As a Bushwick resident, it's exciting to find any new restaurant in the neighborhood, let alone one that serves a burger as meticulously crafted as Fritzl's. At only $8 ($9 with cheese), it's a bargain. Patties are close to six 6 ounces; a combination of chuck and cheek, which chef Dan Ross-Leutwyler estimates to be about 75/25 meat to fat. Ross-Leutwyler grinds it himself, throwing slightly more chuck in the mix.
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The intoxicating aromas of this Turkish dish of baked stuffed eggplant supposedly caused the Muslim priest for whom it was made to faint.
Cream gravy, made with a blond roux, onions, cream, and plenty of black pepper is a natural partner for buttery mashed potatoes, chicken-fried steak, or yes, biscuits. After all, what goes better with fatty starch than a bit of starchy fat?
You know what I've noticed? I don't write about pig nearly as often as I should, given how much I love the beast. Well, little piggy, this week I'm going to repay my debt to you and your unique porcine pleasures by honoring you with not one, but four complete guides to serving you up for the holidays in various incarnations. First up: suckling pig.
These lumpia, or Filipino spring rolls, are fried and filled with moist ground pork, carrots, peas, and bean sprouts. Fish sauce adds a layer of salty complexity, but otherwise these are simply straight-up, easy-to-eat, fried goodness.
Behind an entrance that would give your average abbot door envy, Old Oak Tap is an altar where Ukranian Village brunchers come to pray.
A rich short rib broth, slowly caramelized onions and apples, and a blanket of Gouda and Gruyere cheeses up the flavor of French onion soup.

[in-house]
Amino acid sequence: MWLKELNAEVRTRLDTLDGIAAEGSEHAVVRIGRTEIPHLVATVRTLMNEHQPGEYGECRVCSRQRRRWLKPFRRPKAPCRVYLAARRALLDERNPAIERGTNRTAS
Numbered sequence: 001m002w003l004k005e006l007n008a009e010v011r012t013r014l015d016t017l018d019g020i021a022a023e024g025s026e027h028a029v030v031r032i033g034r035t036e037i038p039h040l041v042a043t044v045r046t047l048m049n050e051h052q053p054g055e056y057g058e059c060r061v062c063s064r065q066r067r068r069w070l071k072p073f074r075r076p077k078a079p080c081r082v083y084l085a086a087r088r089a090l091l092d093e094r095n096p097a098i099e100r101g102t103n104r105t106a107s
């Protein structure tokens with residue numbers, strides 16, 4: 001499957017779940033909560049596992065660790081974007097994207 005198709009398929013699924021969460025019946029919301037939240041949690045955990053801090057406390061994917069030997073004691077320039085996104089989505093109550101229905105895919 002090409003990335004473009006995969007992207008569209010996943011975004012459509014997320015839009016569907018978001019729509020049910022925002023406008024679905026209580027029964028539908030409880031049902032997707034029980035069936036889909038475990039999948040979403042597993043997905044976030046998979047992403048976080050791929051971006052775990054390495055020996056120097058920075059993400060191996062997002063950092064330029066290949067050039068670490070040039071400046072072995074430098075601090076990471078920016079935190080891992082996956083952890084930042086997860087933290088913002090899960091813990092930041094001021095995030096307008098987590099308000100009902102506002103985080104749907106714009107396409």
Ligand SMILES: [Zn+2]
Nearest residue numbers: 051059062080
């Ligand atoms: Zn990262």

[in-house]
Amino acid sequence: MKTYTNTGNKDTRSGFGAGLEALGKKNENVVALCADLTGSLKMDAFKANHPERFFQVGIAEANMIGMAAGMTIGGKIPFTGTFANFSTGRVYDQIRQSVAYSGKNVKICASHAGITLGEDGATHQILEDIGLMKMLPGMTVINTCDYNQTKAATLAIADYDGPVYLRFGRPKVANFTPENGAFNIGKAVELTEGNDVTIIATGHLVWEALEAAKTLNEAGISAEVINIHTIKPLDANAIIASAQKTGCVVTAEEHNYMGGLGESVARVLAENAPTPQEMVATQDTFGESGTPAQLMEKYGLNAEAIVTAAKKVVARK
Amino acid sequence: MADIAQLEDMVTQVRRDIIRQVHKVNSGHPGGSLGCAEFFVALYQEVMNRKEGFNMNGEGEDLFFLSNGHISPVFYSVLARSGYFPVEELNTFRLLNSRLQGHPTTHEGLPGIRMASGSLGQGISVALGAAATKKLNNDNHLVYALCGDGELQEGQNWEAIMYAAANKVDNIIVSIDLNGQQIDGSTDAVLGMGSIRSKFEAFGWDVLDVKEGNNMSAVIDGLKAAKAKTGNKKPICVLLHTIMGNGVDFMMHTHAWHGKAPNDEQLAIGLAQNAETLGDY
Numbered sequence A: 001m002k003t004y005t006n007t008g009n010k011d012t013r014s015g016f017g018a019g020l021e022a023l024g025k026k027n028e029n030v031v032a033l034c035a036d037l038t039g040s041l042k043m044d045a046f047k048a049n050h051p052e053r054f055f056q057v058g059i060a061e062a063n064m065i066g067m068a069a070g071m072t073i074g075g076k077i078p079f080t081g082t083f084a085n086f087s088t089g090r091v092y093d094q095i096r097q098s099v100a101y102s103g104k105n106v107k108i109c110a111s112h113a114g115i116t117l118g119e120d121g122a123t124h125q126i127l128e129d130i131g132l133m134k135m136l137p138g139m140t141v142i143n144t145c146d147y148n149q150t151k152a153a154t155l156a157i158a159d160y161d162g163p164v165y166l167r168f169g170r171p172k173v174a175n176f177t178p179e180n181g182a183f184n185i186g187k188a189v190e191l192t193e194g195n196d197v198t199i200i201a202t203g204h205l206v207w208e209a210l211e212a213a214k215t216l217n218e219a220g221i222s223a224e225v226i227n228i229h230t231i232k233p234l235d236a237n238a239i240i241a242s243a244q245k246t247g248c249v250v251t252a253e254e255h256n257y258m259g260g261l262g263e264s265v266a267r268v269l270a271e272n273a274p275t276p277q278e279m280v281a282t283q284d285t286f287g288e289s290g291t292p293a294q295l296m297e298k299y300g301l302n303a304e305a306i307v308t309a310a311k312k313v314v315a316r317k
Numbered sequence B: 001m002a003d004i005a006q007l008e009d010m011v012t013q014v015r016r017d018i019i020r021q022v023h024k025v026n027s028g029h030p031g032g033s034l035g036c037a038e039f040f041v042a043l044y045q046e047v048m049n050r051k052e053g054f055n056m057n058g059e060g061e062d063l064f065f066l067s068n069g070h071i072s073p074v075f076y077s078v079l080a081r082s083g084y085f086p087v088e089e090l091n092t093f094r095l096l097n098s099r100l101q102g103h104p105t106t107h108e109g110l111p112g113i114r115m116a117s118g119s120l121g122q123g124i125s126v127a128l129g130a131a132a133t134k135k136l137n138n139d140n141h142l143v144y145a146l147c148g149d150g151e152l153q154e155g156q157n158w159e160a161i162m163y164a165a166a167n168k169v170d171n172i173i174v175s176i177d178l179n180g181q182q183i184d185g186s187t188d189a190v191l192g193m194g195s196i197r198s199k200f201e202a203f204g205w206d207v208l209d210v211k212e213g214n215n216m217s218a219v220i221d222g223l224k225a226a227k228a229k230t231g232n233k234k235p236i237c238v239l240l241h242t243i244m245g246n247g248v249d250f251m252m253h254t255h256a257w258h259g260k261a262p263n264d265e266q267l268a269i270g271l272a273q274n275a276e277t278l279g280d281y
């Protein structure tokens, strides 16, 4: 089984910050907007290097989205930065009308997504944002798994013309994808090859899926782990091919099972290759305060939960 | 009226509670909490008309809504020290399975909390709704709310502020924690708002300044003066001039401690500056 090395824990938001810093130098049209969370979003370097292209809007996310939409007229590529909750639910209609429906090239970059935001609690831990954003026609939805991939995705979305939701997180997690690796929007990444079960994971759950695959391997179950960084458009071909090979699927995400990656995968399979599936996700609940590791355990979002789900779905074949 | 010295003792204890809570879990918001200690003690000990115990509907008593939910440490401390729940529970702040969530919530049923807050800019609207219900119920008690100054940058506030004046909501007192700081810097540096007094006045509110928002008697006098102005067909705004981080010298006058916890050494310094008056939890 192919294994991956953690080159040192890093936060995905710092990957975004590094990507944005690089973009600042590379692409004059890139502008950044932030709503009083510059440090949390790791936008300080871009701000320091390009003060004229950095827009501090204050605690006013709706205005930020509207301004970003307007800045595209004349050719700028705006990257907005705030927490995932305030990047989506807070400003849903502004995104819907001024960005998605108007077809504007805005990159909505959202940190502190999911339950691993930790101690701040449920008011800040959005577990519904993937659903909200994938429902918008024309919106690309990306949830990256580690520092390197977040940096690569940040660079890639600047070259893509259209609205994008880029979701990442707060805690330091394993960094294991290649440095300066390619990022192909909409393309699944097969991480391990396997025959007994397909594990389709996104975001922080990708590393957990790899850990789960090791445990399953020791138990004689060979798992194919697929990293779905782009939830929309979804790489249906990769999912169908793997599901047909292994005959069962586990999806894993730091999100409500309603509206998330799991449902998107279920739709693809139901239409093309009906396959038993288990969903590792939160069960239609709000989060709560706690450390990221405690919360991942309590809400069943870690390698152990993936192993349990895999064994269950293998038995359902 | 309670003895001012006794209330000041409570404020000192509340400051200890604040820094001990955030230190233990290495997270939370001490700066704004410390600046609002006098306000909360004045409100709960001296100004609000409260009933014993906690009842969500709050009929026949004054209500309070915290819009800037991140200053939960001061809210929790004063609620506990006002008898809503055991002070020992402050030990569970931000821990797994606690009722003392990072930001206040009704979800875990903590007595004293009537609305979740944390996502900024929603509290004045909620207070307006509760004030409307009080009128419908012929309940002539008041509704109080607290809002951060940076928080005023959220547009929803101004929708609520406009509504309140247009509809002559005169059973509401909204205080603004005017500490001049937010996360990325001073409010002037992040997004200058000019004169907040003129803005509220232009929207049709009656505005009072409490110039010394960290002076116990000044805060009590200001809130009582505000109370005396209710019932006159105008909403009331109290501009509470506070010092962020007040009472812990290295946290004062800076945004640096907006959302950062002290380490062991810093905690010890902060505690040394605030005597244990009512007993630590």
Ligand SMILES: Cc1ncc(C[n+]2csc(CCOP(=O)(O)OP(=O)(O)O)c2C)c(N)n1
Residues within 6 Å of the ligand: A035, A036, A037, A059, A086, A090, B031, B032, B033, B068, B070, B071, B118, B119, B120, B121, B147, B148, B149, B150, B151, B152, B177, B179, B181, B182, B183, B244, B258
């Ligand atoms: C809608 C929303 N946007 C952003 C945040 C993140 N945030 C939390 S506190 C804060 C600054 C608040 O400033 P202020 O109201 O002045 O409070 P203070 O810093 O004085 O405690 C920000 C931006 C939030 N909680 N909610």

I have been working on this recipe for longer than any other recipe I've ever worked on. But at long last, I'm pretty darn pleased with the results. Here's how to get the slow-cooked, crisply charred effect of tacos al pastor at home, no rotisserie required.
The brunch fare at The Peasantry features a lot of items that don't scream "street food" at first, but subtly incorporate street food inspiration, like a pancake masquerading as a gyro. But since this is still just a restaurant inspired by street food, and not literally an enclave of bedraggled peasants, silverware and manners are suggested.
A workhorse pudding that's packed with dark chocolate flavor but doesn't require much fuss in the kitchen.
Once you delve into the wonderfully complex world of homemade salsas, you'll never reach for the jarred stuff again, and sub-par pico de gallo will have you siesta-ing on the spot. Get started with these five great salsa recipes.
Like polenta, grits practically beg to be topped with a saucy accompaniment, something that'll ooze extra flavor into it. This is exceedingly easy to do in the spring, when sweet, tender green vegetables are at their finest. I use a mix of asparagus, fava beans, English peas, and snap peas and finish them off by glazing them with butter and herbs in a pan. A touch of lemon zest and juice adds bright freshness, while a poached egg adds its rich, creamy yolk.